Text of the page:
Retention of Metadata and Accountability

The Garante has extended the metadata retention periods from the previous guidelines, which set a strict maximum of 7 days plus an additional 48 hours. In the new guideline, a maximum yet only indicative limit of 21 days is set for the retention of „metadata/logs necessary to ensure the functioning of the email system infrastructure.“ To quote the Garante „it is considered that [retention] can normally be carried out for a limited period of a few days; as a guideline, such retention should not exceed 21 days.“

Longer retention periods are not excluded, but can be lawfully implemented by the employer in its role of data controller, only if

  • there are specific conditions that necessitate the extension, and;
  • it is adequately documented to demonstrate the specific technical and organizational requirements of the employer, in line with the principle of accountability.

This implies that the retention period is directly tied to the employer’s ability to justify and document the need for such an extension, under the principle of accountability. As long as the employer can substantiate the extended retention with proper justification in line with GDPR principles, it is permissible.

Contrary to what is explained above, the „generalized collection and retention“ of such metadata from email logs for an extended period constitutes an indirect remote monitoring of employee activity and can therefore be lawfully implemented only in compliance with the procedural safeguards outlined in Article 4, paragraph 1, of the Workers‘ Statute, which mandates obtaining agreement from the company’s trade union representatives or authorization from the Labor Inspectorate.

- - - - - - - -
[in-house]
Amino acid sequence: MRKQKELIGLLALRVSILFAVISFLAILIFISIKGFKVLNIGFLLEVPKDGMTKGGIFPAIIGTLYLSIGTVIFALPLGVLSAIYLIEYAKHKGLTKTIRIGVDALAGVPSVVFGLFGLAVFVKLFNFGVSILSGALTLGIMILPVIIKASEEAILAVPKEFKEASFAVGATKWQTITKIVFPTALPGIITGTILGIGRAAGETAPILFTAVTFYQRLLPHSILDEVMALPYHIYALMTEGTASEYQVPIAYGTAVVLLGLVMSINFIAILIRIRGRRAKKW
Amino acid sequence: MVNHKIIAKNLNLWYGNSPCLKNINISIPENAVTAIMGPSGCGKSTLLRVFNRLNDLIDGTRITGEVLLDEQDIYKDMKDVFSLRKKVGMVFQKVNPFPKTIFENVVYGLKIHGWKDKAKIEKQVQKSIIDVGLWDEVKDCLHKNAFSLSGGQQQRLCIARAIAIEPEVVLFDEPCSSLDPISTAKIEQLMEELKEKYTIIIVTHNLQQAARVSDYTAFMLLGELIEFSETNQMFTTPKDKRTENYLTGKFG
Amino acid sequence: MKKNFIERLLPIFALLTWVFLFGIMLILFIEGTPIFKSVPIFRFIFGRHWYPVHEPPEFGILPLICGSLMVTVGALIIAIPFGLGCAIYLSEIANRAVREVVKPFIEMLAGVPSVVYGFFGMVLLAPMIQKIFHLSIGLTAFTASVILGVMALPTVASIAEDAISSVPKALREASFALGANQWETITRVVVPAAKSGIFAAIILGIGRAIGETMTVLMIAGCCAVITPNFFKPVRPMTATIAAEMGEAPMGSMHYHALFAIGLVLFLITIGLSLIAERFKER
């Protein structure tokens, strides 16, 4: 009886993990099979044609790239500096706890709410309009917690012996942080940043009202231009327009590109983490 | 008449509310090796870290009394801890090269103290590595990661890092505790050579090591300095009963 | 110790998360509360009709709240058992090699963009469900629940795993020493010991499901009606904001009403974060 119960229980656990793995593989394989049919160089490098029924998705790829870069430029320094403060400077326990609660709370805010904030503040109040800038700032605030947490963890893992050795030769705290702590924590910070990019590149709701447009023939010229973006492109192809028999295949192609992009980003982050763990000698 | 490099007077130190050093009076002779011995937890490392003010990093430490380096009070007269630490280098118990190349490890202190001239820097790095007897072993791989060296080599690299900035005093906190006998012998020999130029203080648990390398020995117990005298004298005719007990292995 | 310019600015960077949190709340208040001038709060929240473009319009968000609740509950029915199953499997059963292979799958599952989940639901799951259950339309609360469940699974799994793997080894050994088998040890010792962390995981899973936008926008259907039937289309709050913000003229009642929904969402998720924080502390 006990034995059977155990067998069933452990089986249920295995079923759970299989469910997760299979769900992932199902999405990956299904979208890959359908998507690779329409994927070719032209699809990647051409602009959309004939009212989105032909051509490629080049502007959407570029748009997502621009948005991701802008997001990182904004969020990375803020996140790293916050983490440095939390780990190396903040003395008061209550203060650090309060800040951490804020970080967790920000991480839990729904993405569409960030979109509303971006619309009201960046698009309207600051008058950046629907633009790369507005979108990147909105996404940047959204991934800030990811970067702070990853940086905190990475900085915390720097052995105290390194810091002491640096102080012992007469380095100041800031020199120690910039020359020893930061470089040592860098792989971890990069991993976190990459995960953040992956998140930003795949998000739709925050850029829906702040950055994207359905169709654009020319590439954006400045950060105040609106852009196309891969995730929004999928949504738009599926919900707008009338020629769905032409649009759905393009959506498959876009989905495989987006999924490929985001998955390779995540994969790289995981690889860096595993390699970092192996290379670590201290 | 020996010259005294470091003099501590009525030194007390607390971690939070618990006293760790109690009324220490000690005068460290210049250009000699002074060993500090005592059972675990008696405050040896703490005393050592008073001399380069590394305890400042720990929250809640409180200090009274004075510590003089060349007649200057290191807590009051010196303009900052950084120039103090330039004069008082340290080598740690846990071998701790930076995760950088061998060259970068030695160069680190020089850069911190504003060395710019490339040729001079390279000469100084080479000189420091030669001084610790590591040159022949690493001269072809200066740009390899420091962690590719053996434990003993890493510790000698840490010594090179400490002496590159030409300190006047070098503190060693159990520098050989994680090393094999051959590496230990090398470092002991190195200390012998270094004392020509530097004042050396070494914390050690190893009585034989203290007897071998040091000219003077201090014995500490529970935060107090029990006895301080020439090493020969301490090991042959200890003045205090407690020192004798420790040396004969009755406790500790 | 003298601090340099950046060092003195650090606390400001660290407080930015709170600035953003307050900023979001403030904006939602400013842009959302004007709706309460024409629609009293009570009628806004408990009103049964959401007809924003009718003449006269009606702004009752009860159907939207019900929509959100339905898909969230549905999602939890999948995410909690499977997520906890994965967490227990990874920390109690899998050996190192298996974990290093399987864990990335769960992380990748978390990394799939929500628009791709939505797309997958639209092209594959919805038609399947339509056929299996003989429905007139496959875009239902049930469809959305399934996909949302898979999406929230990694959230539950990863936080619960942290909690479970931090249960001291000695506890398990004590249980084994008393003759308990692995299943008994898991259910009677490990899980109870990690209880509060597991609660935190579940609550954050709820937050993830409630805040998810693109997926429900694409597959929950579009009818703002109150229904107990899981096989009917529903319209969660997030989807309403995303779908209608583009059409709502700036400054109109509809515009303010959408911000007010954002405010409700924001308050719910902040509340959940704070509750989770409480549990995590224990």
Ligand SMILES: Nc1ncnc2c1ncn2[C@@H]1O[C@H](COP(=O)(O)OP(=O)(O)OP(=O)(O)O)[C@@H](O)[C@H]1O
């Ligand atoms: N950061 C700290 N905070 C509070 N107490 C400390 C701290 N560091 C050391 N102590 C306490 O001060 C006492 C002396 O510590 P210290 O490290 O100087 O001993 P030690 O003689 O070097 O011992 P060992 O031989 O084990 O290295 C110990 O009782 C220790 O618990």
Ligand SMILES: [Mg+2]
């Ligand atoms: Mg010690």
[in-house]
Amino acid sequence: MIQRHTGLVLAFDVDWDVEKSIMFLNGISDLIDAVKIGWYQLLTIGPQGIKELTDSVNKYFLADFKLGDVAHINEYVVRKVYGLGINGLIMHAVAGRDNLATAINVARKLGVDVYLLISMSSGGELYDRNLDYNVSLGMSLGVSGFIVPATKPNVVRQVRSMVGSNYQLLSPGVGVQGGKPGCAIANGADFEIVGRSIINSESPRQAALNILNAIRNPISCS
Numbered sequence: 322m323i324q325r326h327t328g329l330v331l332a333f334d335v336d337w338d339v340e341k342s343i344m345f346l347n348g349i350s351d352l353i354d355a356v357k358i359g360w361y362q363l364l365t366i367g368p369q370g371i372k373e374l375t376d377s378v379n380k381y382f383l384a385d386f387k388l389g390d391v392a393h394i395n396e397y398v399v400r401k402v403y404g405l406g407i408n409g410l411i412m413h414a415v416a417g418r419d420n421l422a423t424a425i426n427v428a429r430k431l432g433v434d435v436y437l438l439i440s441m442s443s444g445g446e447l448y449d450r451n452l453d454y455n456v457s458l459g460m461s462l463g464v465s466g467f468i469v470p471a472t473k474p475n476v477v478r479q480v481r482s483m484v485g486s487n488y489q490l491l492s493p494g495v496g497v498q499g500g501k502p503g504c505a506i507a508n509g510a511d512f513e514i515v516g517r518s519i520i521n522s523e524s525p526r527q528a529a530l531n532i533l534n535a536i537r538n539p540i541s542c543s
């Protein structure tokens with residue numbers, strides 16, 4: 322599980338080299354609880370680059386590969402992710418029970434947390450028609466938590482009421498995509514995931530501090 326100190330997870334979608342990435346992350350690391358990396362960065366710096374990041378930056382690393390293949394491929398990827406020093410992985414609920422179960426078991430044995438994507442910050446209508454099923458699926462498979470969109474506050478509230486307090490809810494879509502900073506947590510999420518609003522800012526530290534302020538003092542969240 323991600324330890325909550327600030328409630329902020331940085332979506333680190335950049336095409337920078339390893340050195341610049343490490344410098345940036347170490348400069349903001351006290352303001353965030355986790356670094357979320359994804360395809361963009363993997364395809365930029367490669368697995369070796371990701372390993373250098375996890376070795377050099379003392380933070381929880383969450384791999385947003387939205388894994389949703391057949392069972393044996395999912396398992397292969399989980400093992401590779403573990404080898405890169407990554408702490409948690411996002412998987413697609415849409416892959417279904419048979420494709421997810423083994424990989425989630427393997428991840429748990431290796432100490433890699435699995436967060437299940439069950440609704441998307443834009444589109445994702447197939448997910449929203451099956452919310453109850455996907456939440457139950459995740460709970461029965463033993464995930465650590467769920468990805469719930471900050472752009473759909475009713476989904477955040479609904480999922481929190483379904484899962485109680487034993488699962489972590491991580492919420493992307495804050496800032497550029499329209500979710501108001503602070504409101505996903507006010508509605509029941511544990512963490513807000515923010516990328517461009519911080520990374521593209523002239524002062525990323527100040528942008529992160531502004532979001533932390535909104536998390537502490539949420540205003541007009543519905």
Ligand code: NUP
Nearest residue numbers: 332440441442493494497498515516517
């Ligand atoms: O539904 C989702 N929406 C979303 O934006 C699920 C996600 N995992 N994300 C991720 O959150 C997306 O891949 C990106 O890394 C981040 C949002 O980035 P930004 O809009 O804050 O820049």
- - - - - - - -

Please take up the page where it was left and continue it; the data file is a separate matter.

Providers selection and management

The employer, as the data controller, must „ensure that functions not compatible with its processing purposes or that conflict with specific sector regulations“ are deactivated, especially those conflicting with GDPR obligations.

Conducting a thorough selection and assessment of email management service providers is therefore crucial. The controller is responsible for verifying that the services and settings offered by the provider allow compliance with GDPR and other relevant obligations. Moreover, the controller should be allowed to eventually modify these settings, for example, by „appropriately adjusting the data retention periods or requesting the service provider to anonymize the collected metadata in cases where longer retention is not intended“.

What Should You Do Now?

To navigate this complex scenario, firms must take necessary steps. This includes:

  • Ensure that the email management software and services used by employees – especially if they are market products provided in a cloud or as-a-service mode” enable the employer to comply with the data protection rules and to the terms set out in the guidelines, including with regard to the retention period of metadata;
  • Adequately inform employees about the purpose of metadata processing resulting from their email usage;
  • Conduct a specific Data Protection Impact Assessment (DPIA).

Relying on your Data Protection Officer (DPO) or specialized privacy consultants is crucial in such circumstances, particularly when guidelines regarding metadata collected in Italy could impact decisions, configurations, and retention policies utilized in various countries, in the context of international companies.